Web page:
Recent closures of rural obstetric units and entire hospitals have exacerbated concerns about access to care for more than twenty-eight million women of reproductive age living in rural America. Yet the extent of recent obstetric unit closures has not yet been measured. Using national data, we found that 9 percent of rural counties experienced the loss of all hospital obstetric services in the period 2004-14. In addition, another 45 percent of rural US counties had no hospital obstetric services at all during the study period. That left more than half of all rural US counties without hospital obstetric services. Counties with fewer obstetricians and family physicians per women of reproductive age and per capita, respectively; a higher percentage of non-Hispanic black women of reproductive age; and lower median household incomes and those in states with more restrictive Medicaid income eligibility thresholds for pregnant women had higher odds of lacking hospital obstetric services. The same types of counties were also more likely to experience the loss of obstetric services, which highlights the challenge of providing adequate geographic access to obstetric care in vulnerable and underserved rural communities.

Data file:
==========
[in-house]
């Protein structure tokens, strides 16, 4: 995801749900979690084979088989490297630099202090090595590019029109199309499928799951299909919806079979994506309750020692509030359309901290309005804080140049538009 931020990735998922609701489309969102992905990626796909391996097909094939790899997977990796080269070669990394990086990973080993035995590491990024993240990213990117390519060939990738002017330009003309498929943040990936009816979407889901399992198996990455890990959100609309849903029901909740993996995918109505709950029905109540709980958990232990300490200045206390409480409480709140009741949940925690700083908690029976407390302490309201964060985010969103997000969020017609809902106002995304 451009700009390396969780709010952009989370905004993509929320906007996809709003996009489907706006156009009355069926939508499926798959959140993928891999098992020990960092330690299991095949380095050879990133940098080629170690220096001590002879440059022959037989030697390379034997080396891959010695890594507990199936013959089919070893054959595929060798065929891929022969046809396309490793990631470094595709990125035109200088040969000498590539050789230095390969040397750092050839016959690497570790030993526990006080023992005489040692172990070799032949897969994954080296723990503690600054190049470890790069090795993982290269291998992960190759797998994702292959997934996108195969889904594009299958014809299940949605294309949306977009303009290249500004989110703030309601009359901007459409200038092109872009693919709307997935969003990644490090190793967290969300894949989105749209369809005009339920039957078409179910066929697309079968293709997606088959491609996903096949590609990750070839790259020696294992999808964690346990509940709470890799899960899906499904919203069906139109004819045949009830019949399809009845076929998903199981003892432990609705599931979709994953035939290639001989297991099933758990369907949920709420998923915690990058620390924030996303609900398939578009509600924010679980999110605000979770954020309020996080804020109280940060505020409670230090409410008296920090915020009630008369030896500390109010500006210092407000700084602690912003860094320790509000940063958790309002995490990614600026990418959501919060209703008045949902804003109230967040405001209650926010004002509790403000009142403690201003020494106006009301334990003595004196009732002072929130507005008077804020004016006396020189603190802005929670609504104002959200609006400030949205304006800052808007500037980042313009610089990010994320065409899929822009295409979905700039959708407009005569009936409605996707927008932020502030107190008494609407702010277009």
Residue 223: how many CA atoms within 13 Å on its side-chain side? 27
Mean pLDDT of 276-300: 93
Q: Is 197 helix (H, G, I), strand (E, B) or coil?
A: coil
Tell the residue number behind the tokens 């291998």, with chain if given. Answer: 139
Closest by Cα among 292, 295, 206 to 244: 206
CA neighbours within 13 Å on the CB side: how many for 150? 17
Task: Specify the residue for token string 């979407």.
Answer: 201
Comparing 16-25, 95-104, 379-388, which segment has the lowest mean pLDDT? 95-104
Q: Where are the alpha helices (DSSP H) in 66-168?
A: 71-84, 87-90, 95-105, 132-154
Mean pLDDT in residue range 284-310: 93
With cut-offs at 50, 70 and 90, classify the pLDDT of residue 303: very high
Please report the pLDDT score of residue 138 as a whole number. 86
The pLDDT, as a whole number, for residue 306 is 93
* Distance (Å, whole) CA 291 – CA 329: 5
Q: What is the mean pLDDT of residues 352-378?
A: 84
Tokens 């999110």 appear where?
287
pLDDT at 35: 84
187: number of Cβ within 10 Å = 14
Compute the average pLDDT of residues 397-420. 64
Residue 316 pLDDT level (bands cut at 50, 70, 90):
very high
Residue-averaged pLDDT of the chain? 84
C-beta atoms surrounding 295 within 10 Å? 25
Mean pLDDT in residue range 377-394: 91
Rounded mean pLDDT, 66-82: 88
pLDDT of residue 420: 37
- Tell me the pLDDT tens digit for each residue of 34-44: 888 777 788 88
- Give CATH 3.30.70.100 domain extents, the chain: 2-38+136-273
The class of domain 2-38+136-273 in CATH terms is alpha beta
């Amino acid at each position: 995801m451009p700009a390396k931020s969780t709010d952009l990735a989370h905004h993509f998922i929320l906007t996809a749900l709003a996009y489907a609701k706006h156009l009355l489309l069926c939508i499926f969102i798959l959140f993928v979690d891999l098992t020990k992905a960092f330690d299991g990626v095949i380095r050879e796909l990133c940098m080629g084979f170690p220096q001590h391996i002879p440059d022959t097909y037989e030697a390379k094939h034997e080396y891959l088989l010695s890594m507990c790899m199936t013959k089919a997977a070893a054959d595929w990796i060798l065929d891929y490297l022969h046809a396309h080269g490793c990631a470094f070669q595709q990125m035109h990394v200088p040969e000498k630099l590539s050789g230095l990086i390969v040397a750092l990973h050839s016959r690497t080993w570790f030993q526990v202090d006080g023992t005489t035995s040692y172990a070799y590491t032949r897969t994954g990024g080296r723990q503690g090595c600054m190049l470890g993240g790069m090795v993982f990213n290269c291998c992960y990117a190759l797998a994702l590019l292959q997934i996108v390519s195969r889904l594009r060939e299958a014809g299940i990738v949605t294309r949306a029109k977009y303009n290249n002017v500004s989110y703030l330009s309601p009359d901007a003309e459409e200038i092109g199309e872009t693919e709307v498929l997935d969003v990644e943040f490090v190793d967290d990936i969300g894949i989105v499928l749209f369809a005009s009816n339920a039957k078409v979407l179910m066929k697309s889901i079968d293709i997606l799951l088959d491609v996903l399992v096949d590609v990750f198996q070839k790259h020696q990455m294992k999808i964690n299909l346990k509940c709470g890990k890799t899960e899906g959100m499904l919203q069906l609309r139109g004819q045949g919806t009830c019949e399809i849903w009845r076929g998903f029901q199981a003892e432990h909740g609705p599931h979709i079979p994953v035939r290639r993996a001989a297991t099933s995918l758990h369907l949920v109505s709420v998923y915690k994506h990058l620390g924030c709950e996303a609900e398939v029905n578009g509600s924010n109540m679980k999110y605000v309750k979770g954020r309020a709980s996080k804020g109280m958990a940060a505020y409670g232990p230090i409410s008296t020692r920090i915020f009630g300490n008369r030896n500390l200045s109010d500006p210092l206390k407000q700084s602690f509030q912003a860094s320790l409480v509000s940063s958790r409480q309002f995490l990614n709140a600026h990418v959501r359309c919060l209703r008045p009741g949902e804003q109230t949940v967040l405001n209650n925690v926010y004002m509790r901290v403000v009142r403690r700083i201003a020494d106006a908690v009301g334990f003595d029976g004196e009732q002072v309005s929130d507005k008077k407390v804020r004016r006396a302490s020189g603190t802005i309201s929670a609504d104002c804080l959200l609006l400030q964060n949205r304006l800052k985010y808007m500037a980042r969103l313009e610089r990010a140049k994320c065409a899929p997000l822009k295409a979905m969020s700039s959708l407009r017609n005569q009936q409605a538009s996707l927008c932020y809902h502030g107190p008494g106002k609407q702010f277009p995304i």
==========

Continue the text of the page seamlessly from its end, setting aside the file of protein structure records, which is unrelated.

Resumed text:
Bibliographical noteFunding Information:
Previous versions of Exhibits 1 and 2 were presented at the National Rural Health Association Annual Meeting, San Diego, California, May 10, 2017. This study was supported by the Federal Office of Rural Health Policy (FORHP), Health Resources and Services Administration (HRSA), Department of Health and Human Services (HHS) (Cooperative Agreement No. U1CRH03717-13-00). The information, conclusions, and opinions expressed are those of the authors, and no endorsement by FORHP, HRSA, or HHS is intended or should be inferred. The authors gratefully acknowledge the assistance of Alex McEllistrem-Evenson in editing earlier versions of this article.